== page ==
“If I were to purchase feed, it would be an extra $300-400 per day,” said Rick Olufs to HuffPost.
Olufs is the owner of Olufs Ranches in Windsor, Calif., and has been feeding spent grain to his cattle for over 30 years. For the past 18, he estimates, he’s gotten his grain from Cilurzo and her husband at Russian River Brewing Company. “We’ve worked together a long time,” he said.
I realize this seems like something of a niche issue, but it is exactly this sort of regulatory death-by-a-thousand-cuts that is largely preventing our economy from the robust rebound that the Obama administration is still trying to convince us is actually happening — and niche issue though it may be, it’s plenty important to the many craft brewers in, say, Colorado, for instance. Ahem.
In one of those intersections of economic clout, linking Colorado’s craft breweries with the need to shore up U.S. Sen. Mark Udall’s (D-CO) shaky reelection prospects, spent grains are suddenly right up there with health care and traffic congestion as statewide issues.
Udall fired off a letter Monday to FDA Commissioner Margaret Hamburg demanding that she put the proposed animal food rule aside until a “risk assessment” can be completed on the reuse of spent brewery grains as animal feed.
“I support a robust framework of smart regulations that minimize unnecessary risk and keep our nation’s food supply safe,” Udall wrote. “This particular part of the Animal Food (Rule), while well intentioned, does not seem based on evidence of risk or hazard. I hope FDA will reconsider its initial interpretation and formally review the body of evidence that exists in abundance on this particular topic to determine if in fact spent brewers grains warrant designation as ‘animal food.’”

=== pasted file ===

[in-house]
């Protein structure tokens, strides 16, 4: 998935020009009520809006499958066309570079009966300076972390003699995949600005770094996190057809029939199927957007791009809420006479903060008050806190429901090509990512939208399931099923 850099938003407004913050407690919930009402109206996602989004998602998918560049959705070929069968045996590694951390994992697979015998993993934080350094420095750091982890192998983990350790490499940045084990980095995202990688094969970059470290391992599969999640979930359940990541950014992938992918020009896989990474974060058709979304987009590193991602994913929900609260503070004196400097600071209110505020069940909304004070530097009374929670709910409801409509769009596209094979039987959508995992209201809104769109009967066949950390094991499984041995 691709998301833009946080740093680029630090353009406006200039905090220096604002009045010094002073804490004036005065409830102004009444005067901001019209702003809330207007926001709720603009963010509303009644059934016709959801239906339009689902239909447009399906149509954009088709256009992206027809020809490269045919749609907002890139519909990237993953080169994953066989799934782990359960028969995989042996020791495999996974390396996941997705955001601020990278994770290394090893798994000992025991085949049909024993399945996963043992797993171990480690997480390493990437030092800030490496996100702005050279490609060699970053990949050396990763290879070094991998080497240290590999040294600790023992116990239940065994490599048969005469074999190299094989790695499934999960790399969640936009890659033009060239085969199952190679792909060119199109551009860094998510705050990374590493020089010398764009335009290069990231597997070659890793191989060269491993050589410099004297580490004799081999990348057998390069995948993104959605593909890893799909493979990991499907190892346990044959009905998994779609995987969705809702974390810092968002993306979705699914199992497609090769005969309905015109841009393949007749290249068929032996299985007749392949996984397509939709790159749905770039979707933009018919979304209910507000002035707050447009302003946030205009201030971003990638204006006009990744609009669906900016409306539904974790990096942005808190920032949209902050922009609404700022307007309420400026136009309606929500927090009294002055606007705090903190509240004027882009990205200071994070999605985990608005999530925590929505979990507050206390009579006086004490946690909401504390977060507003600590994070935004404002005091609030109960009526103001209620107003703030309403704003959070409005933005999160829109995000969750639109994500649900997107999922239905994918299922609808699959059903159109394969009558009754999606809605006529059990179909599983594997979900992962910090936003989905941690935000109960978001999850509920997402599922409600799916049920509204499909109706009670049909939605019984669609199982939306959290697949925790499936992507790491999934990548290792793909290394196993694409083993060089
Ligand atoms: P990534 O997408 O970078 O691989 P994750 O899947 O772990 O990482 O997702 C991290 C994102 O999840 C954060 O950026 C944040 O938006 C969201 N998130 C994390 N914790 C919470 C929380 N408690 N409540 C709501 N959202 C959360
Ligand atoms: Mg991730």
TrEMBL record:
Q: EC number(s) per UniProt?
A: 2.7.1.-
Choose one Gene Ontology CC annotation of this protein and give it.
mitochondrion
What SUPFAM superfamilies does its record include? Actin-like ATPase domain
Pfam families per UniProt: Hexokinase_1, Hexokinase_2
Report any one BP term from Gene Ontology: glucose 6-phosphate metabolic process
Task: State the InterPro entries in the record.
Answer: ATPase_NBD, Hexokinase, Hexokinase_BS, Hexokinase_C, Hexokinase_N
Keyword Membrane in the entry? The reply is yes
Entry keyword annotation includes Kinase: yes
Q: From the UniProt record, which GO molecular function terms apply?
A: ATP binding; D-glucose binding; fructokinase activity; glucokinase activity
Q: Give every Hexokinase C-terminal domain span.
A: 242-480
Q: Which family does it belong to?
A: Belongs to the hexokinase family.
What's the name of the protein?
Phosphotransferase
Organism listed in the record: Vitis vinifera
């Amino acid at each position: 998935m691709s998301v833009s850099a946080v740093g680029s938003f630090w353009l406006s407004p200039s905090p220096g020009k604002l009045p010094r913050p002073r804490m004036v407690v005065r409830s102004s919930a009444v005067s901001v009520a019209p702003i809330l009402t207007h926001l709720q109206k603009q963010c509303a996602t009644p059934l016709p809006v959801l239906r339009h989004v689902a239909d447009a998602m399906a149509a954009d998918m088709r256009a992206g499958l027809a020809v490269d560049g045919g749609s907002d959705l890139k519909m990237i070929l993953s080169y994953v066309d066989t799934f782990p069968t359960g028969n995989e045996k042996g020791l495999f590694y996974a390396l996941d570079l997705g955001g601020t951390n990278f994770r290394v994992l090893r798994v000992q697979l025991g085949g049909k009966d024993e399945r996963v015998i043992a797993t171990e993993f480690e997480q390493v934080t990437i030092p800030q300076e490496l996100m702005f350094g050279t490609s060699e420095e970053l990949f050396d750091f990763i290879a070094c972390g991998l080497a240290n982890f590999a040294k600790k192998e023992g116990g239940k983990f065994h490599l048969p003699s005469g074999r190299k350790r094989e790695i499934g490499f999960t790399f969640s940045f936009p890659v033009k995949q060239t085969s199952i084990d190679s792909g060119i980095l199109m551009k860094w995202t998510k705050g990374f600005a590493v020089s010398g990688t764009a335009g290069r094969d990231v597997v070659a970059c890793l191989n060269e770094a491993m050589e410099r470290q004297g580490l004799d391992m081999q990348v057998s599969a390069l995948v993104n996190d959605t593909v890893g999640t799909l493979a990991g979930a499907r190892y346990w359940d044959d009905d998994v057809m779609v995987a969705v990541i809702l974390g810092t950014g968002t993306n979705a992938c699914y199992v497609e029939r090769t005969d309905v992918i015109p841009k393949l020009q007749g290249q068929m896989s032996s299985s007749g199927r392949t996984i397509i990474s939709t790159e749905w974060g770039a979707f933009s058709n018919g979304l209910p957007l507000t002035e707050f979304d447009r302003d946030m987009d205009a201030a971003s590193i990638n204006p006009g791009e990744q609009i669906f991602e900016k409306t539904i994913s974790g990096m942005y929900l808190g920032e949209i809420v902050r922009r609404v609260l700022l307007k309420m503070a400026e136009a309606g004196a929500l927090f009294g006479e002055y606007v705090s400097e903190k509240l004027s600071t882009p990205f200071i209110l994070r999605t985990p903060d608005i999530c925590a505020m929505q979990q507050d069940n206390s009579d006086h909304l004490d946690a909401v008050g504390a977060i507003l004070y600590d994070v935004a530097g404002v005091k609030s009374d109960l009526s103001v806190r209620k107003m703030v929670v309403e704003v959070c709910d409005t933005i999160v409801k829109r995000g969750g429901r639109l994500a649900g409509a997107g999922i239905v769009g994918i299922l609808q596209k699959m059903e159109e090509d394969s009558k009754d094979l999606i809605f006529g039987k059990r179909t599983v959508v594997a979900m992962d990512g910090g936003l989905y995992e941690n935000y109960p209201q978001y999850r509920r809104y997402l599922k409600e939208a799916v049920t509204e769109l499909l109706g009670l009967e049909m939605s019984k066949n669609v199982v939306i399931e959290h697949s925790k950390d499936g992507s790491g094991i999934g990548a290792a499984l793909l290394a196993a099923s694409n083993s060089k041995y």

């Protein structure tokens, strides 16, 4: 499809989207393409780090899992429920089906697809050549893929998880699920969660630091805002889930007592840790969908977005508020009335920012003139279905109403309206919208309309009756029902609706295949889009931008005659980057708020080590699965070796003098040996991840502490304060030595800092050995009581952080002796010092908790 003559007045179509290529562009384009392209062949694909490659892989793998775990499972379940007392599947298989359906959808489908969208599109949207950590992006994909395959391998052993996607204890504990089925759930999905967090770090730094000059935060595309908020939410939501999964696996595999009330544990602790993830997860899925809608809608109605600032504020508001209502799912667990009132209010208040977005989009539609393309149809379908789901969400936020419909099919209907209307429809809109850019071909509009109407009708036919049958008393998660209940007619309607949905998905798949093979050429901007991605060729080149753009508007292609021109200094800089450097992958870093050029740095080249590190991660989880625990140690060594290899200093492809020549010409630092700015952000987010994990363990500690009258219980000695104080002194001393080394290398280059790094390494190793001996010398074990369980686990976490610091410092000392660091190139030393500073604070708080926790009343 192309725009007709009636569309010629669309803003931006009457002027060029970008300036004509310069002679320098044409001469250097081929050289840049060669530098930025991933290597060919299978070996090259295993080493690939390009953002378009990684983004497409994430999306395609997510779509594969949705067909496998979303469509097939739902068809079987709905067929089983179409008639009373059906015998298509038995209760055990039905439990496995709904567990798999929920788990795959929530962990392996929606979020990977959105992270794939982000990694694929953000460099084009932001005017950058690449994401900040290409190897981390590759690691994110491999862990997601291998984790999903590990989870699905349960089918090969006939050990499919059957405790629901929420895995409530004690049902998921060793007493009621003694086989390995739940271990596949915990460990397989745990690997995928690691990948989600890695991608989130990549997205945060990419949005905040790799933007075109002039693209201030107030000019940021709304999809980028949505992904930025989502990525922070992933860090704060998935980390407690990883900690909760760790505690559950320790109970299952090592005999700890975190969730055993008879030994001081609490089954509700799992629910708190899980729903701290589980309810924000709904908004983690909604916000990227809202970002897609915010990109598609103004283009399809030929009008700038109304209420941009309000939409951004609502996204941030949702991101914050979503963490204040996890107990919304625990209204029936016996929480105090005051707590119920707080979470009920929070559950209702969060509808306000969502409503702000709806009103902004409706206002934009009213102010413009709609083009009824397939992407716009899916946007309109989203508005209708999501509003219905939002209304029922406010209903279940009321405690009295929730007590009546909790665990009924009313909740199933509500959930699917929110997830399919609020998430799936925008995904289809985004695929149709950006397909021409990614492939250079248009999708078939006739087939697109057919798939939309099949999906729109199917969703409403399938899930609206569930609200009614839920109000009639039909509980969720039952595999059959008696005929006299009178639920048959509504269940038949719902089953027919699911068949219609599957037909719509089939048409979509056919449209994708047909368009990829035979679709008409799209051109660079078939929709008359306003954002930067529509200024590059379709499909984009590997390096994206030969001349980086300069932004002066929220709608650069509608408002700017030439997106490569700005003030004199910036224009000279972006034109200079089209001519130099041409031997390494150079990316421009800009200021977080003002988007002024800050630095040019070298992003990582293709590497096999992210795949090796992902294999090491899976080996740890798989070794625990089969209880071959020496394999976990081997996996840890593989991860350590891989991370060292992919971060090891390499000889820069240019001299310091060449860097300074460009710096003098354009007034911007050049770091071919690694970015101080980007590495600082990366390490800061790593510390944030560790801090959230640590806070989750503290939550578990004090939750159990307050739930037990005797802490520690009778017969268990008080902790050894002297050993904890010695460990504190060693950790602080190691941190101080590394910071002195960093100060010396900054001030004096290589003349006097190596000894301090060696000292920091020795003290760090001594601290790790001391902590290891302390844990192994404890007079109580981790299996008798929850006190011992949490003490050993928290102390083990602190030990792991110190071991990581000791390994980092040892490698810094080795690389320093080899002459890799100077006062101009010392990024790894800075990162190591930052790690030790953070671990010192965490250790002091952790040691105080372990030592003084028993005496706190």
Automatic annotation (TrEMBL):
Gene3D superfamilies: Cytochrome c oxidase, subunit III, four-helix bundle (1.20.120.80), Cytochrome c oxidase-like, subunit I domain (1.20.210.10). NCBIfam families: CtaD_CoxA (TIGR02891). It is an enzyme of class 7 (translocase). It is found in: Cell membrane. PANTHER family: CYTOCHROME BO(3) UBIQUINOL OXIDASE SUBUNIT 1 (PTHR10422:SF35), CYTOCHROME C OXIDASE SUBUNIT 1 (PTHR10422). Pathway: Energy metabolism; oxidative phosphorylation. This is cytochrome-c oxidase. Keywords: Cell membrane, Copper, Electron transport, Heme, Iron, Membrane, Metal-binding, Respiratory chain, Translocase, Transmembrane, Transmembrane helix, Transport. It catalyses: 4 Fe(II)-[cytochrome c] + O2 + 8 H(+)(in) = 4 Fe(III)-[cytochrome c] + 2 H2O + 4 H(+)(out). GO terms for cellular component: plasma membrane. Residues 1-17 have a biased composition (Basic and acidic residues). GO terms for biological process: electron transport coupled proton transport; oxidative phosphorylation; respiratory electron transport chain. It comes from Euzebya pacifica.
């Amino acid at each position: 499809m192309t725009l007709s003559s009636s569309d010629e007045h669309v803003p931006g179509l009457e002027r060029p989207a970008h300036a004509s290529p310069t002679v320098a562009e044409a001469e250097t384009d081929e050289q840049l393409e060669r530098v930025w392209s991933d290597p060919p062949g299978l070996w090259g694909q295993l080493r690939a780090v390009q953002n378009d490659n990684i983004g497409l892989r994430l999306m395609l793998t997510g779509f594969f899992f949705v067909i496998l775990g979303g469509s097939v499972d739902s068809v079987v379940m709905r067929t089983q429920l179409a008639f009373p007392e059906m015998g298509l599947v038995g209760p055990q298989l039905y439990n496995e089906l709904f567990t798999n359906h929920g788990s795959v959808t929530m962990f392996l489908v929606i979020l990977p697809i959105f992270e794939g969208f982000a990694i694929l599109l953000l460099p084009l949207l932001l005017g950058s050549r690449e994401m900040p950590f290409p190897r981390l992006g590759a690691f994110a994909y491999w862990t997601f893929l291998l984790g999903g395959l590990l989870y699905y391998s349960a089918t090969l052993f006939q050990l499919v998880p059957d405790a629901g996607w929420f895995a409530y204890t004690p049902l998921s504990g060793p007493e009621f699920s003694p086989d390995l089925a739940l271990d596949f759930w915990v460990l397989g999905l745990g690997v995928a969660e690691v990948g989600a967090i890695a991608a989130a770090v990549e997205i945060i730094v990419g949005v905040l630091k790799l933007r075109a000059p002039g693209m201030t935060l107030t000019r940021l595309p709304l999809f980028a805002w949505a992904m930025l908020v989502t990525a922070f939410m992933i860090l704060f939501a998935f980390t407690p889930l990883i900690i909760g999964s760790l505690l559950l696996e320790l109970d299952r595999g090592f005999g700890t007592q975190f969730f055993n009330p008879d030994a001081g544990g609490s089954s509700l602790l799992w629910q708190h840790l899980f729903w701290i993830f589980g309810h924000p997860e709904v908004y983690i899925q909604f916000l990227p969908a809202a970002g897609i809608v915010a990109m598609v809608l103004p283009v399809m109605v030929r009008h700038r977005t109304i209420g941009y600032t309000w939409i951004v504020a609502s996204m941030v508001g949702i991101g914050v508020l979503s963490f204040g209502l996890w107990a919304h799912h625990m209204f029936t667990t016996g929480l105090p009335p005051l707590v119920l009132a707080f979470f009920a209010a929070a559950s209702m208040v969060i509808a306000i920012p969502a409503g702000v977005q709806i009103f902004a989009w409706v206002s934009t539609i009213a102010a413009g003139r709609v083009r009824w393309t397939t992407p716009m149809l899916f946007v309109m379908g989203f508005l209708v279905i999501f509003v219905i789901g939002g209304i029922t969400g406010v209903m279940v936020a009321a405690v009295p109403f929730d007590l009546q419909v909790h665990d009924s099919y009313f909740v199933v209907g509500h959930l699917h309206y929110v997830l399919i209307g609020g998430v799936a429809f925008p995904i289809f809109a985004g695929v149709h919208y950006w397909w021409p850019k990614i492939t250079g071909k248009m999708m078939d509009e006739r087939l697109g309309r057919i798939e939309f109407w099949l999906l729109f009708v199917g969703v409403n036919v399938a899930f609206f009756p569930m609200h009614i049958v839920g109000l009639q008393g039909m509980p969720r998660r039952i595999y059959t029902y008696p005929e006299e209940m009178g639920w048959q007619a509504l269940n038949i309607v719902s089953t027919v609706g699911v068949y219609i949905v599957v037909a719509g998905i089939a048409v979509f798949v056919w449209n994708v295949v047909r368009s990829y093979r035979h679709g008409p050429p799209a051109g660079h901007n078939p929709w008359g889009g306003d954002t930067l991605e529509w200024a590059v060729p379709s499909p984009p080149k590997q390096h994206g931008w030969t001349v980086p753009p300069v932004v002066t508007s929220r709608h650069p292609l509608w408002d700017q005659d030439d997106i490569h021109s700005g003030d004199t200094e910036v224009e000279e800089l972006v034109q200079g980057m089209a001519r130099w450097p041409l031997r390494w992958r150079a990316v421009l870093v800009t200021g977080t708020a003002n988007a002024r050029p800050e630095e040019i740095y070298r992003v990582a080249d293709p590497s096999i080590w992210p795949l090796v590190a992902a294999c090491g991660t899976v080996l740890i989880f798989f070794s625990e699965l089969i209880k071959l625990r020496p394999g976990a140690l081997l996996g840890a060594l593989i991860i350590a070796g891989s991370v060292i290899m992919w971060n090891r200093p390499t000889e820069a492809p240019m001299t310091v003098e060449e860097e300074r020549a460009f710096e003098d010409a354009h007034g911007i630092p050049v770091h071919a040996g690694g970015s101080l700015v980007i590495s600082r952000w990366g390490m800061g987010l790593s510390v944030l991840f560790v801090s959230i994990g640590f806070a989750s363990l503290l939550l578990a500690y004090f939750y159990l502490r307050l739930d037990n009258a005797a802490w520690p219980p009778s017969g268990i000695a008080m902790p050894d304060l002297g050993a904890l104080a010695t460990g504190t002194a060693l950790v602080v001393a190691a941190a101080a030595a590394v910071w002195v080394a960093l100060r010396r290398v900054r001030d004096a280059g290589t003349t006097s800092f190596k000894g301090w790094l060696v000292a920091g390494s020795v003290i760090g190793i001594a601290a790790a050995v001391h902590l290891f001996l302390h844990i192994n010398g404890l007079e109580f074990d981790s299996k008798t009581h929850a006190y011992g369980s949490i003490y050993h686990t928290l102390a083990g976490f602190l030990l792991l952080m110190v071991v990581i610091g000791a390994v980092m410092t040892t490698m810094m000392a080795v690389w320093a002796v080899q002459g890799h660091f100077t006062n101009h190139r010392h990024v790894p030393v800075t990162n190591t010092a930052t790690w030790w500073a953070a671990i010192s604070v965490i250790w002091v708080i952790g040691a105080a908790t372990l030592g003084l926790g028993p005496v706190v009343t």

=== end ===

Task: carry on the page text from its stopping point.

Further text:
Udall claims new regulatory treatment of brewer’s grains is not justified, adding, “Perhaps most relevantly, the U.S. Department of Agriculture has decades worth of data that demonstrates the history of spent brewers grain used as animal food. This information does not reveal to my knowledge any evidence that dedicating spent brewers grains for agricultural use has ever compromised food safety to animals or humans.”